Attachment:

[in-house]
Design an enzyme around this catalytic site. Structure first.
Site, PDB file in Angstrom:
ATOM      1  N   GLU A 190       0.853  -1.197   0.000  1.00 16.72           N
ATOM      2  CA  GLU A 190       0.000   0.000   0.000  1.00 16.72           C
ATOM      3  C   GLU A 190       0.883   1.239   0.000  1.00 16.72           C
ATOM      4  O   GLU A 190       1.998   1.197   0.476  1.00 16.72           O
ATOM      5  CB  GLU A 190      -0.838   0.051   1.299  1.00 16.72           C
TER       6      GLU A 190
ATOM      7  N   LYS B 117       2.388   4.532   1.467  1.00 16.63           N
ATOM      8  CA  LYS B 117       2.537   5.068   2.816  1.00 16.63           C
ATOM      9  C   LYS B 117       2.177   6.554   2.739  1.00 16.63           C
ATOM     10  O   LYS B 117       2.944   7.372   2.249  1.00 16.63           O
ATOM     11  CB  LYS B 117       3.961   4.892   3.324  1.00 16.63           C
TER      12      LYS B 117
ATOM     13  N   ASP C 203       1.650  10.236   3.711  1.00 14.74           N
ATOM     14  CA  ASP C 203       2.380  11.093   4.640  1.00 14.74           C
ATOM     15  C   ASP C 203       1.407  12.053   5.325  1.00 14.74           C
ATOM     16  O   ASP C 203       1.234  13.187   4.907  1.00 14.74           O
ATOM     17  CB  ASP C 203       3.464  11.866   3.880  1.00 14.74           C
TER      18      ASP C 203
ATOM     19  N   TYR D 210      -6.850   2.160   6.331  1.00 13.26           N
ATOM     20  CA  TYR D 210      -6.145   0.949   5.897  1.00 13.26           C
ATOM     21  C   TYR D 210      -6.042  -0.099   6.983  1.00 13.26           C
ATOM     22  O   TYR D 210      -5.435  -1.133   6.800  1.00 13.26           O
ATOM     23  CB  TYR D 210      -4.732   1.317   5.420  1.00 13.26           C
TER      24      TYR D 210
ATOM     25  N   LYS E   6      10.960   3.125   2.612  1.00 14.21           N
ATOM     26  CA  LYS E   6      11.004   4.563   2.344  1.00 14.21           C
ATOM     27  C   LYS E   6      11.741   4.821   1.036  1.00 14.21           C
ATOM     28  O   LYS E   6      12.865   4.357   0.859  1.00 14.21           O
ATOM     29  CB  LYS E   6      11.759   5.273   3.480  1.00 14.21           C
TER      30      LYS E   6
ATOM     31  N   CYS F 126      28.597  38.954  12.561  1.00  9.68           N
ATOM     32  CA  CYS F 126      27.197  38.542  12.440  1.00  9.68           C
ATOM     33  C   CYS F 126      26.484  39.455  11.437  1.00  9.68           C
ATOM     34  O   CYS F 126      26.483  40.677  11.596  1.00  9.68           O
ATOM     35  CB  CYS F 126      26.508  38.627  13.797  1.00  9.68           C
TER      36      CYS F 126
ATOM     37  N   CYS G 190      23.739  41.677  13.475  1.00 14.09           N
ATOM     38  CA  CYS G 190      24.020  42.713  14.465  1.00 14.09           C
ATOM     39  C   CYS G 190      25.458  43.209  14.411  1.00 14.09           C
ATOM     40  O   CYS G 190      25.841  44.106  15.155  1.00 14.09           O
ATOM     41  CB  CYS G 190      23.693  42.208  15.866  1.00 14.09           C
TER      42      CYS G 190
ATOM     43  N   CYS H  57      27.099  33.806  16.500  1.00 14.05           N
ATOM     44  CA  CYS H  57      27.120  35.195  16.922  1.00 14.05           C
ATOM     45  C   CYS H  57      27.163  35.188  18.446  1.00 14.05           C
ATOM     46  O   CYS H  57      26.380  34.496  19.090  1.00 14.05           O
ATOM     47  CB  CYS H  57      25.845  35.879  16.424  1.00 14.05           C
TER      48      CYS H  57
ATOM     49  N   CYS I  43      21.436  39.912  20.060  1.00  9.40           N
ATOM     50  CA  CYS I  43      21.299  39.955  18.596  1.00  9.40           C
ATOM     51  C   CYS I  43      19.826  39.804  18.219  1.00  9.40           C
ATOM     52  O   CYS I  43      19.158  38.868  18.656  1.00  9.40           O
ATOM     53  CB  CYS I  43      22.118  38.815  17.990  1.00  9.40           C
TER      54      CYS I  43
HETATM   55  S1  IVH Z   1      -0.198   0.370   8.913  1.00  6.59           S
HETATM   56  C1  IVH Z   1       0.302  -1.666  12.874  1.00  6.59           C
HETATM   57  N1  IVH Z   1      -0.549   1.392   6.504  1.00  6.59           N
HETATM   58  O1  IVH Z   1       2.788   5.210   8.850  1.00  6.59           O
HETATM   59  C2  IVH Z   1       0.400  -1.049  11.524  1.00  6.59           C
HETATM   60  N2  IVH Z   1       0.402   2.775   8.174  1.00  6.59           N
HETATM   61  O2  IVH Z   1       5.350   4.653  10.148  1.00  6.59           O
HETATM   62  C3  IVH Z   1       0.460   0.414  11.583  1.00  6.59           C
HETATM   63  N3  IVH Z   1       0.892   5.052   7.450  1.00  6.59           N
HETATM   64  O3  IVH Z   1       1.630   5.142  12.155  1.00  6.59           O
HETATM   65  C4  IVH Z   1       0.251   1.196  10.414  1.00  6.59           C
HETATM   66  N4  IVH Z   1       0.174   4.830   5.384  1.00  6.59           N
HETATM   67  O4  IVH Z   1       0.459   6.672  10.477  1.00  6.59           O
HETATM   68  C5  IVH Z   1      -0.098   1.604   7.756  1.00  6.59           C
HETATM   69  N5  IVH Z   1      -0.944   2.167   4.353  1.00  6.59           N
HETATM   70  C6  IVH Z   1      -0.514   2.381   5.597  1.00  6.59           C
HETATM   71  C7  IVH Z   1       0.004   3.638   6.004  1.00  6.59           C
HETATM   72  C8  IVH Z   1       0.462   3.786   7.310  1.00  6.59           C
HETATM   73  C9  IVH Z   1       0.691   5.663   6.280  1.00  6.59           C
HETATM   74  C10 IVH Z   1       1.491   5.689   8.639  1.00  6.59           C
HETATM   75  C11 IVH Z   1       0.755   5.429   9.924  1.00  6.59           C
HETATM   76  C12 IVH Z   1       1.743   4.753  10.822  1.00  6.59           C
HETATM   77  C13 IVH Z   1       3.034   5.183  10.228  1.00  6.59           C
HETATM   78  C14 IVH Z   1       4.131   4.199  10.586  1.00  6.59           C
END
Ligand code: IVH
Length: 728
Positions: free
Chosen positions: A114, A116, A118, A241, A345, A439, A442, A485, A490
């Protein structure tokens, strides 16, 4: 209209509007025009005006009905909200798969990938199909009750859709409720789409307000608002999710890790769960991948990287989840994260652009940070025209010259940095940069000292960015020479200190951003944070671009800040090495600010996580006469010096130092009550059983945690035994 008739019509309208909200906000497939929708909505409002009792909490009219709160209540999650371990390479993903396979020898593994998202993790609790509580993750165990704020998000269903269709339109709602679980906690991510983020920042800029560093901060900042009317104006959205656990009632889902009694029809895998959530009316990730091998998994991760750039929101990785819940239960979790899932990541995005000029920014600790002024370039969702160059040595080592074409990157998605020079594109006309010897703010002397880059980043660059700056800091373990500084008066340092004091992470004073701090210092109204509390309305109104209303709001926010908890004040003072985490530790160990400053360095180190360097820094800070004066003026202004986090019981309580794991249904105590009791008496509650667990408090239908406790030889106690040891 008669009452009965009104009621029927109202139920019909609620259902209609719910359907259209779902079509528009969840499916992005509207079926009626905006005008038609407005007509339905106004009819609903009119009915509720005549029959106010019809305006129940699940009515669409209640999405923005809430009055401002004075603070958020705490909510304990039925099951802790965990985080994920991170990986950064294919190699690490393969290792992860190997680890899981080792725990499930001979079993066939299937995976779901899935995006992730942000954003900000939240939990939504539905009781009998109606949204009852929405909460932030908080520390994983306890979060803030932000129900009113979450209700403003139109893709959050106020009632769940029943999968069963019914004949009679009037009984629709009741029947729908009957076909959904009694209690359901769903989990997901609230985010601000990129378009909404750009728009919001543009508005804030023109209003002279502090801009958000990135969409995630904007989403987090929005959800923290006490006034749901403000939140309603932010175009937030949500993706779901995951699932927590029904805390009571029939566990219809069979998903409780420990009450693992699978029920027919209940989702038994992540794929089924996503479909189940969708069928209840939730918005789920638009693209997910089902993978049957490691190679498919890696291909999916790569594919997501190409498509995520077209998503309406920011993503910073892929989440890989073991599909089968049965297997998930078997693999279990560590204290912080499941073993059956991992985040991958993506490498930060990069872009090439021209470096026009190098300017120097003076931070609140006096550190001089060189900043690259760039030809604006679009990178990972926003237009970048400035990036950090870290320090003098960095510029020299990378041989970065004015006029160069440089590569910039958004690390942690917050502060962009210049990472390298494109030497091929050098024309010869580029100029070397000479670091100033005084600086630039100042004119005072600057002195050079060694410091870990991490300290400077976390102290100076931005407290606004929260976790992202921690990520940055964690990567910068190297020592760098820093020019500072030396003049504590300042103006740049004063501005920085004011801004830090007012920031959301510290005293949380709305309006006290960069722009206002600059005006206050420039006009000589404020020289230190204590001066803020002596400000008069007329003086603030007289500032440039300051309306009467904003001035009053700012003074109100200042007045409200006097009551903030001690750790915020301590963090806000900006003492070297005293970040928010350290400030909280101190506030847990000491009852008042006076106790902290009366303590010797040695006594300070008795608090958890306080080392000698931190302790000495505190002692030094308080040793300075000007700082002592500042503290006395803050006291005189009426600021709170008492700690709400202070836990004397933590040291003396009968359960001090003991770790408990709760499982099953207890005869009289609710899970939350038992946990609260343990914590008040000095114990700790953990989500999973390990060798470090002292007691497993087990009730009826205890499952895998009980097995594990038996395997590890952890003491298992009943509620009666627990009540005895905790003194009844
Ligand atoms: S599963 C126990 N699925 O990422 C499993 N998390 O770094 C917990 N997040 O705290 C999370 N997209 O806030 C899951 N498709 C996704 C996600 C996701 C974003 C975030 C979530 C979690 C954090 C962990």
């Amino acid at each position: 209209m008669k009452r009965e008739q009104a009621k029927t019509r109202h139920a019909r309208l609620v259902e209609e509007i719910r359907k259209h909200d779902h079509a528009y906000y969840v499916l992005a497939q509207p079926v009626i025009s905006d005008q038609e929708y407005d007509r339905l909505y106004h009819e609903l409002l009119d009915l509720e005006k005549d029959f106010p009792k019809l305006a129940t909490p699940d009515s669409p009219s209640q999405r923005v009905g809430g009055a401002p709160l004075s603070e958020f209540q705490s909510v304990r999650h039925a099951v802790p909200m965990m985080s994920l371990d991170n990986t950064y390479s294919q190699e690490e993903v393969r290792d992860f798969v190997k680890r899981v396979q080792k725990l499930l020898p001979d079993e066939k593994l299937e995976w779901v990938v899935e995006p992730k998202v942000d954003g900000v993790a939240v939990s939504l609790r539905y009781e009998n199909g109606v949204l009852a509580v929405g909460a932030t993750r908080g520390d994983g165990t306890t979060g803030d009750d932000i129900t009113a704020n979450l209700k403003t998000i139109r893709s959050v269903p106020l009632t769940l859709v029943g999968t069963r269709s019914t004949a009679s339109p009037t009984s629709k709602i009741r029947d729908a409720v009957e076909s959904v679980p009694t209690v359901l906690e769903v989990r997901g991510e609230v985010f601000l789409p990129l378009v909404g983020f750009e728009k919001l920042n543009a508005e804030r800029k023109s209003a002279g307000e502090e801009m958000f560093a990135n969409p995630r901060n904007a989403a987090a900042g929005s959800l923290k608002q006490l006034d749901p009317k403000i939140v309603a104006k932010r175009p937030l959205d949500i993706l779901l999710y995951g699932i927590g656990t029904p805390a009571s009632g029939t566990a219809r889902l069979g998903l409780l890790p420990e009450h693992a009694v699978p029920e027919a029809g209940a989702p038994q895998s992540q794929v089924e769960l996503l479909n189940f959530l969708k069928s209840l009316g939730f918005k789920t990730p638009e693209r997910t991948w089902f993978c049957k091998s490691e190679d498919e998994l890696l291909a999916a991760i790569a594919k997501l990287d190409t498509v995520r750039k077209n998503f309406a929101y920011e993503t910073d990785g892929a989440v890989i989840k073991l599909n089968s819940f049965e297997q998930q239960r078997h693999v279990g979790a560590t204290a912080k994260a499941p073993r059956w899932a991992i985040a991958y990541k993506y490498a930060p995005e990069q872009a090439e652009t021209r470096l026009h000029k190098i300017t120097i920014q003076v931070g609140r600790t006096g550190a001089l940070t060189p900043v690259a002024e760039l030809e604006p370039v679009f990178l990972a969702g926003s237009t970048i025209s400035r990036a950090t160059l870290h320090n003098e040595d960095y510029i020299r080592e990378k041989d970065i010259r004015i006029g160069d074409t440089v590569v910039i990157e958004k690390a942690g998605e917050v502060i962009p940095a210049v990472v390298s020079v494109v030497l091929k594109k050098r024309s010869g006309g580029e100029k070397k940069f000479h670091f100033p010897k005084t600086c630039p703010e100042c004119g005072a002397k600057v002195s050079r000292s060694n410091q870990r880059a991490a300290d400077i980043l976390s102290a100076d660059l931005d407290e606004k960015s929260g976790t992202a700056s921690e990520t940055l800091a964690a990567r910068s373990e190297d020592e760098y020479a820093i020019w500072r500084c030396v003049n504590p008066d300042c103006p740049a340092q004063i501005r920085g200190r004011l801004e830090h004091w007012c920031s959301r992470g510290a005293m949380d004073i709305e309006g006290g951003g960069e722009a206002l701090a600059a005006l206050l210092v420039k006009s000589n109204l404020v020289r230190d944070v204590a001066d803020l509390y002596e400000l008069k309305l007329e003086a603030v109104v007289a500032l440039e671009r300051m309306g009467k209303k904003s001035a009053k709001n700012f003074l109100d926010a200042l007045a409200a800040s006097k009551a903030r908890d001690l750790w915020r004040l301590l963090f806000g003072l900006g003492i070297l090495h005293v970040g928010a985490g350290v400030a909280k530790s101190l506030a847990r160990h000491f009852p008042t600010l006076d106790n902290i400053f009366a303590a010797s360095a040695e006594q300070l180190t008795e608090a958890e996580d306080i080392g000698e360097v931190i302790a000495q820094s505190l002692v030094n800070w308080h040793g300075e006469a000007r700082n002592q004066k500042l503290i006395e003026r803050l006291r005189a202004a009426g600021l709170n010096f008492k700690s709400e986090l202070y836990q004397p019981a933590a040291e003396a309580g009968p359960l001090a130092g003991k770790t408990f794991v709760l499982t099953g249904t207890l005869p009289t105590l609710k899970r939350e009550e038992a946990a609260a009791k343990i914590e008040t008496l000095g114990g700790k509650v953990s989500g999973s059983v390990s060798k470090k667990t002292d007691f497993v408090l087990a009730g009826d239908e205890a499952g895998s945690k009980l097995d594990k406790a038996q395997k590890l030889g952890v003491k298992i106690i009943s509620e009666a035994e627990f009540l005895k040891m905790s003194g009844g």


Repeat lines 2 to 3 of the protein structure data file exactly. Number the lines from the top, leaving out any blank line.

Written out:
Design an enzyme around this catalytic site. Structure first.
Site, PDB file in Angstrom: